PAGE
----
Italy's CDP racing to present proposal for Atlantia motorway unit -sources


By Francesca Landini and Stephen Jewkes

MILAN, Oct 19 (Reuters) - Italian state lender CDP was racing against the clock on Monday to agree a proposal with allied investors to buy Atlantia's ATL.MI 88% stake in motorway unit Autostrade per l'Italia, three sources close to the matter said.

Atlantia has adjourned a board meeting started late on Monday to Tuesday as it waits for CDP's plan, Atlantia's sources said.

Infrastructure group Atlantia needs to secure an offer it deems attractive in the coming days or it will have to fall back on its previous plans for its Autostrade stake.

The group has a shareholder meeting scheduled for Oct. 30 and will press ahead with a vote to spin off Autostrade and sell it to institutional investors unless CDP delivers an attractive offer in time, two sources said.

Atlantia has been embroiled in a legal dispute with Rome since 2018, when a bridge run by Autostrade collapsed killing 43 people. The government has threatened to strip it of its motorway licence.

A deal seemed close in July when Rome approved a plan under which Atlantia would cede control of Autostrade to CDP. But talks floundered, prompting the group to press ahead with plans for a demerger.

Then last week, CDP and Atlantia began exclusive talks to try to break the deadlock.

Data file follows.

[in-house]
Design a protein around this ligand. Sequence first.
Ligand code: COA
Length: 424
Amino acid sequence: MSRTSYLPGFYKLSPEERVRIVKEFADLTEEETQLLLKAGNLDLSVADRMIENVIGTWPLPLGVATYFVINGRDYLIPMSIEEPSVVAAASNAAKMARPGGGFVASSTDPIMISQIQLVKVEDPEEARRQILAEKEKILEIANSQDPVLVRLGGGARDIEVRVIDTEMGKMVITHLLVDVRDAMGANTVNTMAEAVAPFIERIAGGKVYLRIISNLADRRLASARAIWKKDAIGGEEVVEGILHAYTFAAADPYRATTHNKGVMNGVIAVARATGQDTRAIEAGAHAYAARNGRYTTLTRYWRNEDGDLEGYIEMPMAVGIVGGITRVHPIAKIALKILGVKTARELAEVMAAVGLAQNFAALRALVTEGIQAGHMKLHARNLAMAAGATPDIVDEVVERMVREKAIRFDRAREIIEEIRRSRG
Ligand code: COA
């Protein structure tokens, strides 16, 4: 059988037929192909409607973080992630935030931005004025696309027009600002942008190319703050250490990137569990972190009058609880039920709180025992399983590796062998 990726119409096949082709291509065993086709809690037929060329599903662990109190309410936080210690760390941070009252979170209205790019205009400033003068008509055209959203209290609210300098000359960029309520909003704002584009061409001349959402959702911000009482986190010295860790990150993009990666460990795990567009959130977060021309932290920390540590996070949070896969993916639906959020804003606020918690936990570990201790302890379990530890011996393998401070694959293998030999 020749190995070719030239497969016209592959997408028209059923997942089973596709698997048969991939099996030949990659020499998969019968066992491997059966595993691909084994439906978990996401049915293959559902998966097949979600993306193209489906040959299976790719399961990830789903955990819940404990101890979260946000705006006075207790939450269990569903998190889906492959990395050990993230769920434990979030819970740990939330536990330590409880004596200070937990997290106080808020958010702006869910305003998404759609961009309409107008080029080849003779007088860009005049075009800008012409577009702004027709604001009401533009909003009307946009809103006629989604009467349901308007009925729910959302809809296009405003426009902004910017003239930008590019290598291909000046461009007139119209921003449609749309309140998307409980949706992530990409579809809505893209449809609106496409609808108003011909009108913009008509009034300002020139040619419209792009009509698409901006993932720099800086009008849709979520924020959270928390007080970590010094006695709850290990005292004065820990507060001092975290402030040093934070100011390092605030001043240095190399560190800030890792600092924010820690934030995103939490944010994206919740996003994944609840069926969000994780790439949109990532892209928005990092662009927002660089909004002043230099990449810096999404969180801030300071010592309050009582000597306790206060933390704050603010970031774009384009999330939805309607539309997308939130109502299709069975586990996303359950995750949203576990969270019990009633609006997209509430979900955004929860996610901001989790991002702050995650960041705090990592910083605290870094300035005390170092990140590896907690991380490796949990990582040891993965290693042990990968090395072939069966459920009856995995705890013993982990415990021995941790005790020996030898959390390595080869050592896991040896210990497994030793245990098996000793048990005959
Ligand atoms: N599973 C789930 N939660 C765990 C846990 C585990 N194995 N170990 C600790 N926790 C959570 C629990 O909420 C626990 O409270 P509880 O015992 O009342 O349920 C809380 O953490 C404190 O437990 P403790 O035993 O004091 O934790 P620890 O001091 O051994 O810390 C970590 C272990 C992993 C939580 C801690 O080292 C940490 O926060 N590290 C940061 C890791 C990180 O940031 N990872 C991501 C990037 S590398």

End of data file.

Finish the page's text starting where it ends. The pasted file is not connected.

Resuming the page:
The state lender has since been working flat out on an plan for Autostrade with allied investors Macquarie and Blackstone and could propose it as early as Monday night.

One issue complicating the talks is an ongoing rift between Autostrade and Transport watchdog ART over the company's economic and financial plan, which could impact the future profitability of the company.

According to one of the sources, Autostrade has rejected the latest request by ART to tweak its economic and financial plan.

On Monday activist investor TCI Fund Management, which has criticised the proposed deal with CDP, said it had increased its stake in Atlantia to more than 10%.

(Additional reporting by Stefano Bernabei. Editing by Jane Merriman and Marguerita Choy)

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The views and opinions expressed herein are the views and opinions of the author and do not necessarily reflect those of Nasdaq, Inc.


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